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Roni and Danny Ashford grew up in Nogales during the city’s heyday. Morely Avenue, the main commercial drag, was lined with fancy department stores. Roni's family owned one of them.
"Roni and I were brought up in two distinct places in Nogales," said Danny. "You could say that I grew up on the other side of the tracks - one of the poorest areas. And she lived in the place that was one of the better parts of Nogales, which kind of tells you, you never know how things will turn out."
Danny grew up in a modest house just feet from the border, which, back in those days, was a flimsy fence.
"Right here there was a hole in the fence," said Danny, pointing to a spot in front of his childhood home. "The donkeys would cross. Once we caught a donkey and we rode it around for three days until the owner came. This was very porous."
Danny was a senior at Nogales High School when he met Roni, a freshman.
"We had a really fun year," she said. "I was a baton twirler. He was a great athlete - a football player, a basketball player. And in those days, like the Cinco de Mayo, we would celebrate on both sides of the border. There were huge floats. There was a princess from the Arizona side and a princess from the Mexican side."
Roni said it was a magical time to be in Nogales, and the story she shared with Danny was like something out of the movies.
"Sort of like 'The Sound of Music,'" she said. "We weren’t supposed to be seeing each other. I had been brought up with the message that we could be friends with the young men here but I was not to marry them. If I married someone who wasn’t Jewish I would be disowned."
"I have a very distinct memory of walking here holding Roni’s hand," Danny explained, in a place in the heart of downtown. "And when we turned. See where it says Victoria? That used to be Capin’s. She let go of my hand."
Capin’s was the name of Roni’s family’s department store.
"She didn’t want her family to see us holding hands because we were not supposed to be friendly in that way."
Nogales was a small town, though. The young lovers had a hard time keeping their secret under wraps. Roni was sent to California her sophomore year to finish high school out of town.
"My dad told me, 'Out of sight, out of mind,'" she said.
"I was very angry. And would wake up feeling like I was in prison. Missing Danny."
She said something inside of her told her to start writing.
"I would write love poems to him. I think that’s what kept me sane. Ever since then, that’s what I tell kids. For me, it was a remedy. For me, writing is a remedy when I’m angry, grieving, happy."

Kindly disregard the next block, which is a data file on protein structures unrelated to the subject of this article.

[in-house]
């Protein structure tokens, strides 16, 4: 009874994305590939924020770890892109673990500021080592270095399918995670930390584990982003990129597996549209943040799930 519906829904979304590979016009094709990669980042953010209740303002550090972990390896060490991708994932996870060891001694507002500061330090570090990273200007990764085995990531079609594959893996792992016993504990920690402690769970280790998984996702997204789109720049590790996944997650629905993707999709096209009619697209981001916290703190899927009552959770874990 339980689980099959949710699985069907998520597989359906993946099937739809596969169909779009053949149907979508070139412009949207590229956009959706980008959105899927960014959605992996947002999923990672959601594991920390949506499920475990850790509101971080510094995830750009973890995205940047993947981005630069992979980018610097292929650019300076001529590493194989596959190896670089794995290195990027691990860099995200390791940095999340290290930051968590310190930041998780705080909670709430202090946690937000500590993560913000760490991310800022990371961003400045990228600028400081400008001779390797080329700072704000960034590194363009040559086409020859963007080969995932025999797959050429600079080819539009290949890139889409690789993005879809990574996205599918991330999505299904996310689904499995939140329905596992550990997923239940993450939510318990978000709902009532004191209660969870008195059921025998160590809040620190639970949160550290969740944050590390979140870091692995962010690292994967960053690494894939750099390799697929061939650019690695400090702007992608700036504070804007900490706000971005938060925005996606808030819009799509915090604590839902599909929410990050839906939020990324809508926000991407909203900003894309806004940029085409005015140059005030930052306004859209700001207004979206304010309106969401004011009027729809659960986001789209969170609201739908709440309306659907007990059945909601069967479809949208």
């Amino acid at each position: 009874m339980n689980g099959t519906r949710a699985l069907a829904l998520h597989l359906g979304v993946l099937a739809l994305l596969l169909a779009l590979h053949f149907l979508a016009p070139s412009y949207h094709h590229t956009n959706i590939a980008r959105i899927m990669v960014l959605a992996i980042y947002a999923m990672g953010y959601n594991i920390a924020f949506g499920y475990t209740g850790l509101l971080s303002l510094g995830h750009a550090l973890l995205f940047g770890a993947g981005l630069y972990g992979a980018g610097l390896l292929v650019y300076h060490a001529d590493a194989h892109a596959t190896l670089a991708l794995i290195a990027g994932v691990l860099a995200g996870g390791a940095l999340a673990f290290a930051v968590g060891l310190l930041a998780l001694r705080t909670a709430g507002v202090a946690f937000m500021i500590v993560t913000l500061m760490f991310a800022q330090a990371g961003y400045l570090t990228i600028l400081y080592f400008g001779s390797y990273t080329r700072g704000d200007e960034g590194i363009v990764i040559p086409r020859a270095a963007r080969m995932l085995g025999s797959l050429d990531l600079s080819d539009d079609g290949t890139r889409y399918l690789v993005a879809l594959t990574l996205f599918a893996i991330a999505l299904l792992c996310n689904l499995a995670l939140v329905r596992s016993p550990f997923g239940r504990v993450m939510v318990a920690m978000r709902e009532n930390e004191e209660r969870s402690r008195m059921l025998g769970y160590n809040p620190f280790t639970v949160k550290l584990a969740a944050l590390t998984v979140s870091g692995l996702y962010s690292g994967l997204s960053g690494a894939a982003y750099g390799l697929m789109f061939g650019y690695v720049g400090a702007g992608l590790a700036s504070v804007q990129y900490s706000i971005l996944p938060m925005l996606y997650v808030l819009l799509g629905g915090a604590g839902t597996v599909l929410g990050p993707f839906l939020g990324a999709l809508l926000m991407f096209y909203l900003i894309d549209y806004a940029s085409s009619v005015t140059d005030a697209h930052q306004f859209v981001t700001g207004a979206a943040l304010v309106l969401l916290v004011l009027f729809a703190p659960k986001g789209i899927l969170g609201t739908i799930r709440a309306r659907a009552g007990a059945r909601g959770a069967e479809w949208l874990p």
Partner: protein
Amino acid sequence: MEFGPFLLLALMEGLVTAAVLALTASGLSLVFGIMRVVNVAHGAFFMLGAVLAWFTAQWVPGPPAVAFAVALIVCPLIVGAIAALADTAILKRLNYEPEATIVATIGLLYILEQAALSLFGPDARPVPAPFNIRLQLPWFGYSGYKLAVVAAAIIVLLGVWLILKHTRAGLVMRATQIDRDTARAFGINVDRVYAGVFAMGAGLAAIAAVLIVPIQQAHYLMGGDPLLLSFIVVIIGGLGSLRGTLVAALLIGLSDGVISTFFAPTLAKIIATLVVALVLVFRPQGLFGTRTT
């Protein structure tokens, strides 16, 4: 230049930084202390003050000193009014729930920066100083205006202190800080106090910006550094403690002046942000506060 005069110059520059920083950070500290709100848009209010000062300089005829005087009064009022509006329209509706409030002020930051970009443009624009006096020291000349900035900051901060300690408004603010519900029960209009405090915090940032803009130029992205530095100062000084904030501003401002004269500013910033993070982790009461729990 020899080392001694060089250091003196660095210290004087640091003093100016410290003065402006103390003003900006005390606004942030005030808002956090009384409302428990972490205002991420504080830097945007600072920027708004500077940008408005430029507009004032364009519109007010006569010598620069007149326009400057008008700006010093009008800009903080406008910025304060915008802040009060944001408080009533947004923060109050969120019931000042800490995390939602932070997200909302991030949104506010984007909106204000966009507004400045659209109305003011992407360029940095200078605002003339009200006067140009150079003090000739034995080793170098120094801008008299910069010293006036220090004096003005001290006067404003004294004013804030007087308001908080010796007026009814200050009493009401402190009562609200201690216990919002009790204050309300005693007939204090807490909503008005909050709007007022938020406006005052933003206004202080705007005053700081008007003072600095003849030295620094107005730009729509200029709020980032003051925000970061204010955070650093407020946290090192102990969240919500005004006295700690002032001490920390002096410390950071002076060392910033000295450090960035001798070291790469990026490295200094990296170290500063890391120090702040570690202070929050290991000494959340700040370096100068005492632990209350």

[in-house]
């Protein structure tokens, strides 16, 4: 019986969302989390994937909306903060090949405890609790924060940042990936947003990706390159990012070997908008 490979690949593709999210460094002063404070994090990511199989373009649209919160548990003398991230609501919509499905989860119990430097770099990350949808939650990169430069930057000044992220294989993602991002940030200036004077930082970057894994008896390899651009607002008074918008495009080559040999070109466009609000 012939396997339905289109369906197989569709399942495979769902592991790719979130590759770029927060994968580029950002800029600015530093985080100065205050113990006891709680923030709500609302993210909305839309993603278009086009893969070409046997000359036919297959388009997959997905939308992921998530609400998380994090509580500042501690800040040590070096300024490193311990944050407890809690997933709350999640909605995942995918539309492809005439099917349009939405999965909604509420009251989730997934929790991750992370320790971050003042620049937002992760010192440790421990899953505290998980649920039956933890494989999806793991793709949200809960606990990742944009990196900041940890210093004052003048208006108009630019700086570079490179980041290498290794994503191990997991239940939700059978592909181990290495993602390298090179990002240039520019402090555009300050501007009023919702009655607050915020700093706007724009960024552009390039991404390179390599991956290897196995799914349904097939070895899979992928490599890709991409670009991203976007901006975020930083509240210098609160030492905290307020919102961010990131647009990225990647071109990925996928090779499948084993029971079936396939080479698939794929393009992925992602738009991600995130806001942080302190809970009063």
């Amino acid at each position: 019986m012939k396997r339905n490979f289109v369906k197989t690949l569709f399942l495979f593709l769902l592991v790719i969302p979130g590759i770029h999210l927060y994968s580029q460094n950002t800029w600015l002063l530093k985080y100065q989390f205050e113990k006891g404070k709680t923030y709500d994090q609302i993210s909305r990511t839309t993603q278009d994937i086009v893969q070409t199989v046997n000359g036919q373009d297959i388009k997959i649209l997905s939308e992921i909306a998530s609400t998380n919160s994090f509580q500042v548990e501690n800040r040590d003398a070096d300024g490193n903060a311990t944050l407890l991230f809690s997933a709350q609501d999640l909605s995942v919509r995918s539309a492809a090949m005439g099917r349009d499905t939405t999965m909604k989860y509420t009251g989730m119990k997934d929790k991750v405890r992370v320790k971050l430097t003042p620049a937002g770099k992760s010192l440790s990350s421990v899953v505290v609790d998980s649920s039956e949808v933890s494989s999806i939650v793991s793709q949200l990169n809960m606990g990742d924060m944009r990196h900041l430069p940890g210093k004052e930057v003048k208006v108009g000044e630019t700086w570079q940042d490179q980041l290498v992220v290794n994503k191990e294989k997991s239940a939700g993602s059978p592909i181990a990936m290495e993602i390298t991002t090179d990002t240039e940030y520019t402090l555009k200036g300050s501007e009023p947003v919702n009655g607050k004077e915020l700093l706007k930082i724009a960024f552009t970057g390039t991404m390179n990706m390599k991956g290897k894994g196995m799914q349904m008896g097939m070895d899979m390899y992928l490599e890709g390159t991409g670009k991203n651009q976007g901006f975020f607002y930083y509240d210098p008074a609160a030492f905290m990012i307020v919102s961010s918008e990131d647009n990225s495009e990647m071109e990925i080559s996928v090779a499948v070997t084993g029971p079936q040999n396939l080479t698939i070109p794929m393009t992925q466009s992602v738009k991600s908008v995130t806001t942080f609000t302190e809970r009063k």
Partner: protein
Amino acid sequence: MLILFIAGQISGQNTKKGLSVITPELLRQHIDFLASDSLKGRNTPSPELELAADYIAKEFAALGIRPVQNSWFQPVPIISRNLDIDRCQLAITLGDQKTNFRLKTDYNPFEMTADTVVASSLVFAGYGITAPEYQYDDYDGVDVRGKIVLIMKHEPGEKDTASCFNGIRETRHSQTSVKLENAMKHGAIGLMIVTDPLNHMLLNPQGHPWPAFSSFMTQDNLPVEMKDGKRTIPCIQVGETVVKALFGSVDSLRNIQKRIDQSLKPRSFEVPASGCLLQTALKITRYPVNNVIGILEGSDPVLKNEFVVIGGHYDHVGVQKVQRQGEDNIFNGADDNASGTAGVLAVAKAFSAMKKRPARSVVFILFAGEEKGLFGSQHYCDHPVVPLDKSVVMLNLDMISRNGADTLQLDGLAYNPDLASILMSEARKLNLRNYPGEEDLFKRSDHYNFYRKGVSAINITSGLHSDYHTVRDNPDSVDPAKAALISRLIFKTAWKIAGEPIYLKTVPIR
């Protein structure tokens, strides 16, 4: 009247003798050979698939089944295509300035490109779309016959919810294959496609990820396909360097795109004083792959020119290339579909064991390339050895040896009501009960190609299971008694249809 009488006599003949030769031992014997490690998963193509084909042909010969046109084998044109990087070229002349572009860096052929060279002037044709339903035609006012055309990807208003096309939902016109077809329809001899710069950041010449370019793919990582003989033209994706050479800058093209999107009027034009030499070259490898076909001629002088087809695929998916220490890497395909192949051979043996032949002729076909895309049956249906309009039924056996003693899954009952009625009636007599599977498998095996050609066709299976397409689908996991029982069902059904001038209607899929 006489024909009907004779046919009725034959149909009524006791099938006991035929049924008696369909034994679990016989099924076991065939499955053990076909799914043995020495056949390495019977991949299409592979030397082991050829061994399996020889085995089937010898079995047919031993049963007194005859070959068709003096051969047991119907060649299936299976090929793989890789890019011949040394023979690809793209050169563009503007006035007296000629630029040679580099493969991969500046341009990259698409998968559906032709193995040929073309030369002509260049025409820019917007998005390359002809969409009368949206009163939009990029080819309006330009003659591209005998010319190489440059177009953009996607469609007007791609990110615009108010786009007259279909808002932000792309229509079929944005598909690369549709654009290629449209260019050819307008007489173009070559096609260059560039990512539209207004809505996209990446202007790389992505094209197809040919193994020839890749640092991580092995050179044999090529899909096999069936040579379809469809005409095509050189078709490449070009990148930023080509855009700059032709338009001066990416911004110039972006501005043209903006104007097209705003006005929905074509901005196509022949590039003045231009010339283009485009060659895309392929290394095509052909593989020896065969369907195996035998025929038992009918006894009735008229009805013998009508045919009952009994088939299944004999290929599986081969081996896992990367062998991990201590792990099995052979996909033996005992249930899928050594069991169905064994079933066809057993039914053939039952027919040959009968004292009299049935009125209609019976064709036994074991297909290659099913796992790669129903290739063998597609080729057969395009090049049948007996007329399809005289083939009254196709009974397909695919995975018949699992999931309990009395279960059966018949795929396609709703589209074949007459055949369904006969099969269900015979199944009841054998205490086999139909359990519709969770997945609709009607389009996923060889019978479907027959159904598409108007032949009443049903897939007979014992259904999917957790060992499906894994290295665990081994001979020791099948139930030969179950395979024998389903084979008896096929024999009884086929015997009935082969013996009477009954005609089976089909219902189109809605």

Today Roni writes books based on her Jewish heritage and the Mexican culture she was always drawn to. One of her books, “My Nana’s Remedies,” is based on a composite of the older women who raised her: her grandmother, her friends’ moms and Maria.
"Maria is one of the nanas who raised me," said Roni. "She was a big part of my life during that time. Even when I was sent away to school, when I would come home I would prefer to be in her room with her, speaking Spanish. She’s really a part of the family."
Maria knew that Danny and Roni stayed together even after she was sent away but kept it a secret. She knew what all Roni's siblings were up to, but kept the children's secrets.
Maria left a mark on Roni.
"The love and her influence, those are my books. And the love of my Jewish grandma who passed away when I was 13. Those are the foundations of my stories."
"You see that white house on the hill?" asked Roni, pointing up to a midcentury modern ranch house on Patagonia road, where the city gives way to rural rolling hills.
"That’s where I grew up from the age of 13. It didn’t feel like home though - only Maria’s room."
When she was home on breaks from school she wasn’t supposed to be seeing Danny. But they had their ways.
"I would get little pebbles and throw them at her window," said Danny. "And that’s how we would see each other."
The neighborhood does feel very different to the one Danny grew up in.
"That looks like a million-dollar house, looks like a castle," said Danny, pointing into the distance. "Just another part of Nogales."
As we drove on, Roni recounted more of the story of her and Danny. She was still in California her senior year and had been preparing herself for the day her family discovered their secret.
"And that day did come, February of my senior year. My dad paid me a surprise visit."
He had learned of their relationship and, as expected, cut her off. Roni finished high school and moved to Phoenix to start at Arizona State University, where Danny was studying.
"Then, after my first year, Danny got recruited for a teacher corps. So he went to Colorado, and within six months we decided to get married."
Roni said when they got married, her dad tried to accept Danny.
"There was a lot of pressure around him," said Roni. "It was really hard for him to change a lot. But now he has. He and Danny have a really sweet relationship now. He and I do, too."
Before heading back to Tucson, there’s one more place Roni and Danny wanted to visit.
"This right here is the Jewish cemetery," said Danny. "It’s not very big but most of Roni’s relatives that are dead are buried here."
A little bit further down the road, is what they call the local cemetery.
"If you look at both cemeteries, they resemble where Danny and I grew up," said Roni.
"The Jewish cemetery is clean," said Danny. "There are no upright stones. They’re all flat. On the Mexican side, there’s no limit to what you can do. You want a house, fence, stuffed animals."
"Each one has its own beauty. With our two cultures, with all cultures, everything has its own beauty," said Roni.
The sun was sinking, time to go home. Danny stopped and took one last look at the city of his childhood.
"Alright, goodbye Nogales, for now," he said.
And Roni: "Adiós mi Nogalitos."